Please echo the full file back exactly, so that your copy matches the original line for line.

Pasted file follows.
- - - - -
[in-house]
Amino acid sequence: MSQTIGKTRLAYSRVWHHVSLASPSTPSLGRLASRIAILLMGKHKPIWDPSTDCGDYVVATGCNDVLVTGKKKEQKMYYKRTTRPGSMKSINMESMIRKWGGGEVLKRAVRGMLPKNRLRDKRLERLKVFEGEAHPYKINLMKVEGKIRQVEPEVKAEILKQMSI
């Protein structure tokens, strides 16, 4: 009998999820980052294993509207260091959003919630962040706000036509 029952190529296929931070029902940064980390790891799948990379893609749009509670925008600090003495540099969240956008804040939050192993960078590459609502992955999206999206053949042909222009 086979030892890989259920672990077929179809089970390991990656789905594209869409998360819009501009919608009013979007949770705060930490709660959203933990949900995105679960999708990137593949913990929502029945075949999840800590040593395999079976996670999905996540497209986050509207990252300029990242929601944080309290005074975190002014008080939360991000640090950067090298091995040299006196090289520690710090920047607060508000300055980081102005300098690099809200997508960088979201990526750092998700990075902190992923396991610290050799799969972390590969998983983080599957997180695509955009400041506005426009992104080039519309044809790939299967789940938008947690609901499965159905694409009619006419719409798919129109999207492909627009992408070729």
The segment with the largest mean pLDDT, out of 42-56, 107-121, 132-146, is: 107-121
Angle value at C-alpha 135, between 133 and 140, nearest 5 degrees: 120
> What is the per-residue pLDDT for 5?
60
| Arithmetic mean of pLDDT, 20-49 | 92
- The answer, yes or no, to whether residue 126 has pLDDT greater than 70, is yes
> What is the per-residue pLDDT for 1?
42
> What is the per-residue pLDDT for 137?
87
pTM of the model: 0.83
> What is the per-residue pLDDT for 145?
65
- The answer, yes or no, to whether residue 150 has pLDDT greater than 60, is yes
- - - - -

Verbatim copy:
[in-house]
Amino acid sequence: MSQTIGKTRLAYSRVWHHVSLASPSTPSLGRLASRIAILLMGKHKPIWDPSTDCGDYVVATGCNDVLVTGKKKEQKMYYKRTTRPGSMKSINMESMIRKWGGGEVLKRAVRGMLPKNRLRDKRLERLKVFEGEAHPYKINLMKVEGKIRQVEPEVKAEILKQMSI
């Protein structure tokens, strides 16, 4: 009998999820980052294993509207260091959003919630962040706000036509 029952190529296929931070029902940064980390790891799948990379893609749009509670925008600090003495540099969240956008804040939050192993960078590459609502992955999206999206053949042909222009 086979030892890989259920672990077929179809089970390991990656789905594209869409998360819009501009919608009013979007949770705060930490709660959203933990949900995105679960999708990137593949913990929502029945075949999840800590040593395999079976996670999905996540497209986050509207990252300029990242929601944080309290005074975190002014008080939360991000640090950067090298091995040299006196090289520690710090920047607060508000300055980081102005300098690099809200997508960088979201990526750092998700990075902190992923396991610290050799799969972390590969998983983080599957997180695509955009400041506005426009992104080039519309044809790939299967789940938008947690609901499965159905694409009619006419719409798919129109999207492909627009992408070729």
The segment with the largest mean pLDDT, out of 42-56, 107-121, 132-146, is: 107-121
Angle value at C-alpha 135, between 133 and 140, nearest 5 degrees: 120
> What is the per-residue pLDDT for 5?
60
| Arithmetic mean of pLDDT, 20-49 | 92
- The answer, yes or no, to whether residue 126 has pLDDT greater than 70, is yes
> What is the per-residue pLDDT for 1?
42
> What is the per-residue pLDDT for 137?
87
pTM of the model: 0.83
> What is the per-residue pLDDT for 145?
65
- The answer, yes or no, to whether residue 150 has pLDDT greater than 60, is yes